paper: FRC148 - 2011 Robot Assembly - "Raptor"

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FRC148 - 2011 Robot Assembly - "Raptor"
by: JVN

A CAD assembly (STEP) of the 2011 FRC148 Robowrangler Robot - “Raptor”.

People seem to like it when we post our robot CAD models…

The robot was designed using SolidWorks but I posted a universal STEP file for download.

This model may not 100% represent the final robot. As everyone knows, there is a certain amount of “tweaking” during the build process, and sometimes the CAD model never catches up. Also, no matter how many times I say “CAD every detail!” we never quite CAD every detail…

Please direct any questions on this design to me (John V-Neun) via PM, email.

GHS2011-000 (15.7 MB)

I’ve posted the full CAD models of the 148-2011 Robowrangler Robot - “Raptor.”](

Of course, the CAD models don’t fully represent the final product. There are always little pieces that get changed along the way, and no matter how many times I say we “CAD everything” we almost never CAD everything. I tried to spruce them up a bit but they’re still missing some pieces. Enjoy!

Thanks JVN! Always fun to take the robot tour on your own from the comfort of your own computer.


This one gets my vote for most impressive robot of the year. Thanks for posting this along with your blog entries. It’s really cool stuff to take in.

Thank you JVN and the entire Robowrangler team.

Thanks for posting.

Downloading 148’s robot is one of my favorite things to do every year.

I looked at the model, and I can’t figure out what propels the minibot forward? Is it some sort of spring? It looks like there is a release cylinder, but I can’t figure out what it does.

Seconded. Thanks JVN and the whole 148 crew!

Lots of surgical tubing.
We connect the surgical tubing from the cradle that the minibot sits on to the tip of the “Y” which aligns to the pole.

Since the surgical tubing is held on with zip-ties… we don’t model it. :wink:


Can you post a picture of this then please?

Another great robot comes out from 148!! hey is there anyway i could import the mates for the assm.?
But seriously, i love this thing.

Has anyone else found the nonagon shaped holes on the “hip joint” linkage? I’m thinking John was having a little fun with this. After all, it is a championship winning shape.

Also, those 11 tooth CIM pinions have got to be really nice, expanding your range of possible reductions by nearly 10% !!! over the commonly available 12 tooth pinions. Since most teams have access to an arbor press or something functionally equivalent (they’re not too terribly expensive anyway), I’ve been thinking this would be really nice to have commercially available. Maybe something for AndyMark to jump on? They are particularly useful in drivetrains with CIM motors, because they allow you to get a reasonable reduction with just a single stage.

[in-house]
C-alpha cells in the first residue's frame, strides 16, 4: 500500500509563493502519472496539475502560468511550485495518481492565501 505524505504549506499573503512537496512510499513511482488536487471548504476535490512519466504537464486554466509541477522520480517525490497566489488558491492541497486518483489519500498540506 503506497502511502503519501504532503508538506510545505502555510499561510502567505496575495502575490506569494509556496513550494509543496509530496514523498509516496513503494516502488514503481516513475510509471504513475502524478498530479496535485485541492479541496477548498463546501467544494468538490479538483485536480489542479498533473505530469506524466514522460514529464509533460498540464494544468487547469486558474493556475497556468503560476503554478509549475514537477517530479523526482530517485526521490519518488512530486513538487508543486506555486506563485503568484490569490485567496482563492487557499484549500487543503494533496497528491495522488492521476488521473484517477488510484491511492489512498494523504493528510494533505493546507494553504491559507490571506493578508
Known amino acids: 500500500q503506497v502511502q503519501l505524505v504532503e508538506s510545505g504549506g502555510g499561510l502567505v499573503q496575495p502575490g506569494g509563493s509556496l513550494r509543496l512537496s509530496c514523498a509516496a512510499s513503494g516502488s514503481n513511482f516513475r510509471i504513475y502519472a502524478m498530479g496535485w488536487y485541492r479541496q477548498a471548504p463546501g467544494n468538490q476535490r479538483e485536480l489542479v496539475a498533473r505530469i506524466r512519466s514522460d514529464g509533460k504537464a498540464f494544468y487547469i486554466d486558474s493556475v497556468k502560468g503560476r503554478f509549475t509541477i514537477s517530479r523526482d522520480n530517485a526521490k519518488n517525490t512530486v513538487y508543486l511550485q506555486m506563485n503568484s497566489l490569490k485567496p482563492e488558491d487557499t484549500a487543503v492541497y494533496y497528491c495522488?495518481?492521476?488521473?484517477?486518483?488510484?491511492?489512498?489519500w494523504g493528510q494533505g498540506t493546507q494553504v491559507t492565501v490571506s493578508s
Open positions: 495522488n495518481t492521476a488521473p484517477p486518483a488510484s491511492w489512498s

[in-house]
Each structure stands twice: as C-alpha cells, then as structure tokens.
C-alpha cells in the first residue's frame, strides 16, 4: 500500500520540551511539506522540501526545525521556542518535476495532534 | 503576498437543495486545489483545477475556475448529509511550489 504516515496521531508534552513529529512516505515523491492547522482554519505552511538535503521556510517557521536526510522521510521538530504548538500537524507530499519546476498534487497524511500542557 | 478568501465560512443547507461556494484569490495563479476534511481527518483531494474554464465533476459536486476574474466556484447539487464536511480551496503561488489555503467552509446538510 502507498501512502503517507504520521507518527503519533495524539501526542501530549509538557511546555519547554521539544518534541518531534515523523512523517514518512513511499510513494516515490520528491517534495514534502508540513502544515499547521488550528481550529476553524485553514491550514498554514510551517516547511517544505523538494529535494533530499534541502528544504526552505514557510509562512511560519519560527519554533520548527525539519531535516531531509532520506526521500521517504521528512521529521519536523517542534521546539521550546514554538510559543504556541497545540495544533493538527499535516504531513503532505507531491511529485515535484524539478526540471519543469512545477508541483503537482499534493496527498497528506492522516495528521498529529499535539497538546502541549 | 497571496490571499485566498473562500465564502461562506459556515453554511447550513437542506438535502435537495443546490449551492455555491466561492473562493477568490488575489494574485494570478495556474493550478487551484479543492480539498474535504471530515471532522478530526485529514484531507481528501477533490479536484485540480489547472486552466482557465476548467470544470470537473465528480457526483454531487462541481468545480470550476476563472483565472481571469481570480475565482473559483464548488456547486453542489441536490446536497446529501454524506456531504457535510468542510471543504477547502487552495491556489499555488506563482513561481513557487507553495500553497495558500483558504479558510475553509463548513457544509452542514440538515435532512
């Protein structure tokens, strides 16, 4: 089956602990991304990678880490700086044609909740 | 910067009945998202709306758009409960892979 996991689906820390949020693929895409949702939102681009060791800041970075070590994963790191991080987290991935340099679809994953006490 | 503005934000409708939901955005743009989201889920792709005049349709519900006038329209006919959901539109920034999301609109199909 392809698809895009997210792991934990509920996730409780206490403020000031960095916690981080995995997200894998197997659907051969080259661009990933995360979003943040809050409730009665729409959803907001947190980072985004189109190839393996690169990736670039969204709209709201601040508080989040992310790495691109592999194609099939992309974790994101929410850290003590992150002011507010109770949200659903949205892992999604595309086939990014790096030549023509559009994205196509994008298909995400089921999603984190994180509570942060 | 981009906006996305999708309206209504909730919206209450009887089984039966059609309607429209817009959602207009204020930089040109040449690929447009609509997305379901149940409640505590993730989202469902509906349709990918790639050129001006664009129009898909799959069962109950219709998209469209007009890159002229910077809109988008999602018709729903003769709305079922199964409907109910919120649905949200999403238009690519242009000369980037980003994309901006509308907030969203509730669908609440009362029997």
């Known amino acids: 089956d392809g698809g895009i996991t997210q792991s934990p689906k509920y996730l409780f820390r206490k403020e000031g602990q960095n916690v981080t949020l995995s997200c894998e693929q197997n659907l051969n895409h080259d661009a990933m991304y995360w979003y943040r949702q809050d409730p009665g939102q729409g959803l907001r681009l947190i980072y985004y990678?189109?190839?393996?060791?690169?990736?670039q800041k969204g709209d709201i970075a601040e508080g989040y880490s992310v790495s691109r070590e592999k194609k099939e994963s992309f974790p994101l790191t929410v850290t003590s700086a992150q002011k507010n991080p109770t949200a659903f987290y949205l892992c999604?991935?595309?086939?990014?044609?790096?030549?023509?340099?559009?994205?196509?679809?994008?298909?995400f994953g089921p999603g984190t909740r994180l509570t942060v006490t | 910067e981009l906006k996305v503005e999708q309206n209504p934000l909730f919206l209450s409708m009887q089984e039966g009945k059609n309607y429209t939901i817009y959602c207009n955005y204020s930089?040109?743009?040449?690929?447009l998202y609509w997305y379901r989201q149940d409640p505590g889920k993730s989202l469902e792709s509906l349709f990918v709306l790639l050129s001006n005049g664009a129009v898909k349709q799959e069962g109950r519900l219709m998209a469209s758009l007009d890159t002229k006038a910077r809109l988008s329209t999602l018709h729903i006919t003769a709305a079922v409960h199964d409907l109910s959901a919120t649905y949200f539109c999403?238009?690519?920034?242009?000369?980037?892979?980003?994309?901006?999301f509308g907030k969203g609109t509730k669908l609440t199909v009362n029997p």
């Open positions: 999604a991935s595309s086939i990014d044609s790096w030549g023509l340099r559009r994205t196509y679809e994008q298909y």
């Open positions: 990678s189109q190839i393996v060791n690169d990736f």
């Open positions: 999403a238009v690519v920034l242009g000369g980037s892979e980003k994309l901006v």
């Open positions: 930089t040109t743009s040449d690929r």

I saw this on there 2010 robot, haven’t looked at there '09 robot. But i defiantly think JVN and the wranglers have something with 9-sided figures, we have even seen a drive train from them called Nonagon!!!

I received a question via email…
The model includes (5) CIM motors. The arm motor was actually a Banebot 775 motor run through an AndyMark planetary gearbox.

Brief Aside:
We were lucky that of the (18x) 775s we purchased we had a handful that were good. These motors never gave us any problems. The ones that came with manufacturing defects were NEVER good…


These models are always great, thank you!

To be fair, Neun means nine. Who better to invent Nonadrive?

It gets my vote as well :slight_smile:

I thought the drive train was Nonadrive…

I don’t understand the drivetrain. It looks like it’s meant to be nonadrive, but I can’t find the horizontal omni.

Also, what is this for? (the extrusion with a circle and two rectangles cut from it)

That looks to me like a cam chain tensioner. I have seen this a few times before. If your chains become loose, you put a special tool in the two slots, crank it down a little (because it is usually a ratchet) and wala, your chains are tightened.

Their big thing is Nonadrive, and it appears they designed around it this year (you can see some nice empty space in the middle that I can only assume is where the strafe assembly went), however somewhere during the build season they decided to remove it because of how the driver uses the drivetrain (more passive power-slide type moves than actual powered strafing, I’m guessing), so it wouldn’t get in the way, and I’m assuming they used the weight to strengthen other areas of their design. At least that’s what I’ve heard, but I’m sure JVN knows all about this…

Really amazing design, you guys, and very well executed. Last year it seemed a little chunky and overcomplicated, if you know what I mean, but you’ve come a long way to simplify everything. This design and all the interesting decisions that went into it really are great learning material for any FRC team.